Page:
alexa Are social norms associated with smoking in French university students? A survey report on smoking correlates.
Diabetes & Endocrinology

Diabetes & Endocrinology

Journal of Obesity & Weight Loss Therapy

Author(s): Riou Frana L, Dautzenberg B, Falissard B, Reynaud M

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Abstract BACKGROUND: Knowledge of the correlates of smoking is a first step to successful prevention interventions. The social norms theory hypothesises that students' smoking behaviour is linked to their perception of norms for use of tobacco. This study was designed to test the theory that smoking is associated with perceived norms, controlling for other correlates of smoking. METHODS: In a pencil-and-paper questionnaire, 721 second-year students in sociology, medicine, foreign language or nursing studies estimated the number of cigarettes usually smoked in a month. 31 additional covariates were included as potential predictors of tobacco use. Multiple imputation was used to deal with missing values among covariates. The strength of the association of each variable with tobacco use was quantified by the inclusion frequencies of the variable in 1000 bootstrap sample backward selections. Being a smoker and the number of cigarettes smoked by smokers were modelled separately. RESULTS: We retain 8 variables to predict the risk of smoking and 6 to predict the quantities smoked by smokers. The risk of being a smoker is increased by cannabis use, binge drinking, being unsupportive of smoke-free universities, perceived friends' approval of regular smoking, positive perceptions about tobacco, a high perceived prevalence of smoking among friends, reporting not being disturbed by people smoking in the university, and being female. The quantity of cigarettes smoked by smokers is greater for smokers reporting never being disturbed by smoke in the university, unsupportive of smoke-free universities, perceiving that their friends approve of regular smoking, having more negative beliefs about the tobacco industry, being sociology students and being among the older students. CONCLUSION: Other substance use, injunctive norms (friends' approval) and descriptive norms (friends' smoking prevalence) are associated with tobacco use.University-based prevention campaigns should take multiple substance use into account and focus on the norms most likely to have an impact on student smoking.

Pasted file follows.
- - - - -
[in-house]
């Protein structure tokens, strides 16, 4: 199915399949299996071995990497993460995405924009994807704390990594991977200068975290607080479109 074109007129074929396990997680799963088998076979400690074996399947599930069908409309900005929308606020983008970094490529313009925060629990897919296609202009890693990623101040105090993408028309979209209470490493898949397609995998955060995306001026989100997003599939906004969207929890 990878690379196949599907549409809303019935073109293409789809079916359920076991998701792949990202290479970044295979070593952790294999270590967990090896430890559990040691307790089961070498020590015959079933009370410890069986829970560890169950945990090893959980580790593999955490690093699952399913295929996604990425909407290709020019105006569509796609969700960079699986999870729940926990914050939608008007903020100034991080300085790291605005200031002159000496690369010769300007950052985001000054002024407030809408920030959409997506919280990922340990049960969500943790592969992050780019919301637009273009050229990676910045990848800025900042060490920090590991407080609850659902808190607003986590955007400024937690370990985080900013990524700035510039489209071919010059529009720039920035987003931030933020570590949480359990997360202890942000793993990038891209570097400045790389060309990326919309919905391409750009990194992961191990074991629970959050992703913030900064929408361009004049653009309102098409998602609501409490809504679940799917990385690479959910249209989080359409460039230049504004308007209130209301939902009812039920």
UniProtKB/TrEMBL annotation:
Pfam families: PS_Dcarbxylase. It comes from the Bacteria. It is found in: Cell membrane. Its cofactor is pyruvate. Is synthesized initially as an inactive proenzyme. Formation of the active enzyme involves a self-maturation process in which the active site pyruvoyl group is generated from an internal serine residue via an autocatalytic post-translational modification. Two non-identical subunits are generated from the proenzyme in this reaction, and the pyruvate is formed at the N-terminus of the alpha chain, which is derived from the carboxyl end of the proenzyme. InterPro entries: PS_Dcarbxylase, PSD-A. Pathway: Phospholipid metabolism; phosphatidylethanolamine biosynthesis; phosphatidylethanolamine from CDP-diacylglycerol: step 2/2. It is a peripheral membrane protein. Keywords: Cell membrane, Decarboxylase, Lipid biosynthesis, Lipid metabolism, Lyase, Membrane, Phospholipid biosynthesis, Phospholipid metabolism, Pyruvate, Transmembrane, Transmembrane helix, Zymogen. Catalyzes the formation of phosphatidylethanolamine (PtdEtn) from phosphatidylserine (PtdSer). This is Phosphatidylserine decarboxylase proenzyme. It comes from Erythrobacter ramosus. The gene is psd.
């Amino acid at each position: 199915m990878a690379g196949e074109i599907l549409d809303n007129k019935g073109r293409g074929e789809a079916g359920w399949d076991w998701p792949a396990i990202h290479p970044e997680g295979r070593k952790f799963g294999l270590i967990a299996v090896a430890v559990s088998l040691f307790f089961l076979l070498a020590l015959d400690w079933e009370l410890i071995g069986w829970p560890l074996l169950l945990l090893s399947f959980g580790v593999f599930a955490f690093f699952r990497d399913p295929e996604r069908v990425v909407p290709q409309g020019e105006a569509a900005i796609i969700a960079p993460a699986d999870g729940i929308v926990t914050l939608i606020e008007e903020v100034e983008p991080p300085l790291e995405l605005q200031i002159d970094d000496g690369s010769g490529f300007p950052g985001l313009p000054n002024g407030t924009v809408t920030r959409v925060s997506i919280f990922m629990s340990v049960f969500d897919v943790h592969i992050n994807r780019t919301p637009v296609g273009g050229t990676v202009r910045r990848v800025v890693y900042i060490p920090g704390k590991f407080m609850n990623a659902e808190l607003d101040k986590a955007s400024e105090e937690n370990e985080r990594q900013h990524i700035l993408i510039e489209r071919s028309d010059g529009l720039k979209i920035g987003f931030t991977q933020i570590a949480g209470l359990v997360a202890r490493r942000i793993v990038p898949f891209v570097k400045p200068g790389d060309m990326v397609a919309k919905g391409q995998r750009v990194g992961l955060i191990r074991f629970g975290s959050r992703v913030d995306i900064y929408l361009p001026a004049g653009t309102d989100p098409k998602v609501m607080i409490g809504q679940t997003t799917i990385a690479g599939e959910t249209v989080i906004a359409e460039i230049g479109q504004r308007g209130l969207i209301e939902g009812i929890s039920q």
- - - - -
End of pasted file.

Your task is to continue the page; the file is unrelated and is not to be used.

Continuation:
This article was published in Subst Abuse Treat Prev Policy and referenced in Journal of Obesity & Weight Loss Therapy

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